"Only those who have patience to do simple things perfectly ever acquire
the skill to do difficult things easily."
James J. Corbett

About Microtia

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The purpose of this site is to create awareness amongst parents & relatives of our young patients about the possibility of their child having an ear which is “normal” in appearance. This is possible using the patient’s own rib cartilage. Reconstruction of an absent or damaged external ear is considered to be one of the most difficult surgeries in the entire spectrum of reconstructive plastic surgery.This needs a very intricate planning and attention to detail with the ability to visualise the ear in its three-dimensions. No wonder the Plastic surgeons who have mastered this art can be counted on.…Read More

Parent Interaction Forum

Why implants are a strict no-no for ear reconstruction

I get a lot of queries from anxious parents about their apprehension in letting me use the rib cartilage of their child for reconstructing his or her ear. ” is their no other alternative?”, ” can we not use xyz implant”, ” we are worried about our child’s future if the rib cartilage is [more]

A useful kit to practice carving

A useful kit to practice carvingAn average plastic surgeon treats cases of microtia only occasionally but those whose practice includes a larger volume have realized over the years that it is the carved cartilage that mainly decides the end result and that carving needs practice. In the past material such as soap, putty, clay or [more]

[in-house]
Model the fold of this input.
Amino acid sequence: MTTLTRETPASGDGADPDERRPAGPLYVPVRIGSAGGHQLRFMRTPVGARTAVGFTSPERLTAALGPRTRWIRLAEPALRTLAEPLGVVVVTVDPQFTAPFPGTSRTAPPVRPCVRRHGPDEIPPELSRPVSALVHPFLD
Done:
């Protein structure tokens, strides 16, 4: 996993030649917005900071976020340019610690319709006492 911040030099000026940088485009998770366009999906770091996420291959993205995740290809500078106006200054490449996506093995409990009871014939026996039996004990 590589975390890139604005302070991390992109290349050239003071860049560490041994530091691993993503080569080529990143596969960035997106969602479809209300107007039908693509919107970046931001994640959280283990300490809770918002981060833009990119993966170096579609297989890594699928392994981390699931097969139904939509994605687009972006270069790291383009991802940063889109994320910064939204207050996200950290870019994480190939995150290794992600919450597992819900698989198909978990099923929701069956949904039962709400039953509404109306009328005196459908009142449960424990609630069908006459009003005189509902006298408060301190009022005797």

Reconstruction of a Microtic Ear, an outline

Reconstruction of a Microtic Ear, an outlineReconstruction of a Microtic Ear, an outline The following text is about the creation of the main cartilaginous framework of the ear. Detailed steps are covered in the next chapter including how a template is made to facilitate cutting the cartilage of the exact shape and size. Some photographs in [more]

Congenital Abnormalities of the Ear (Microtia)

Congenital Abnormalities of the Ear (Microtia)1.Essential Embryology: a.  The whole of the external ear, temporal bone, the auditory canal, the tympanic membrane and the ossicles which form the vibratory link for conduction of sound, develop from the mandibular and hyoid arches in the early weeks of gestation (Fig. 1). These structures [more]